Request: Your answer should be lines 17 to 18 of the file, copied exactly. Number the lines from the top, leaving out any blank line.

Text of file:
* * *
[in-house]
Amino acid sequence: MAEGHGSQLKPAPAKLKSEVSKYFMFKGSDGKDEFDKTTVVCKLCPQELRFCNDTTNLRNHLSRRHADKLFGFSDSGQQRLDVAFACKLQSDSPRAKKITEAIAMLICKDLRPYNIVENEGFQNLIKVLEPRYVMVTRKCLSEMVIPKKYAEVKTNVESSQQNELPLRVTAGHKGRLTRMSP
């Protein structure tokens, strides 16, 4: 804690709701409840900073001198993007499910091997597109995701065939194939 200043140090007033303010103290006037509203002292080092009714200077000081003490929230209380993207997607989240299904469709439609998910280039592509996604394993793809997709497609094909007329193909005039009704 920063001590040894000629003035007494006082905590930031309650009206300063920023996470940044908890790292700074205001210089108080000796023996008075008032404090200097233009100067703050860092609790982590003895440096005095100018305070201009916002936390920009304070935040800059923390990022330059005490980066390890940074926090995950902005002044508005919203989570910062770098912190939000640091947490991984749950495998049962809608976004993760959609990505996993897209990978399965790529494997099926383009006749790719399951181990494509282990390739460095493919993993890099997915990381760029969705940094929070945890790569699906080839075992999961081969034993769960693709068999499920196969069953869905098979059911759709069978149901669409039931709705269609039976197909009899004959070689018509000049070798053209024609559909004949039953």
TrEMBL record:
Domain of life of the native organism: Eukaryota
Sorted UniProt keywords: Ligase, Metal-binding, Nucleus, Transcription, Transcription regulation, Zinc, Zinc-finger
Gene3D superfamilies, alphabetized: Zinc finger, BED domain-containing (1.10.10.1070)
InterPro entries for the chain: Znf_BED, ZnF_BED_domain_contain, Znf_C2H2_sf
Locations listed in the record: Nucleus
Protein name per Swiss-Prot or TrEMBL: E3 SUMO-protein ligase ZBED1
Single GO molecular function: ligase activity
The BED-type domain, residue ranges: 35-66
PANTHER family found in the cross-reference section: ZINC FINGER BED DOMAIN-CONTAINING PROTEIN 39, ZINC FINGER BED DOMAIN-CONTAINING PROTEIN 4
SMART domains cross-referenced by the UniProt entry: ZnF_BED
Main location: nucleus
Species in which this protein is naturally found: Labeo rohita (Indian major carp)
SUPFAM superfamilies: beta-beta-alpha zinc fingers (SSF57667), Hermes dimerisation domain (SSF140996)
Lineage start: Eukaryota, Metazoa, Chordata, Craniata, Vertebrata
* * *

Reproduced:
SUPFAM superfamilies: beta-beta-alpha zinc fingers (SSF57667), Hermes dimerisation domain (SSF140996)
Lineage start: Eukaryota, Metazoa, Chordata, Craniata, Vertebrata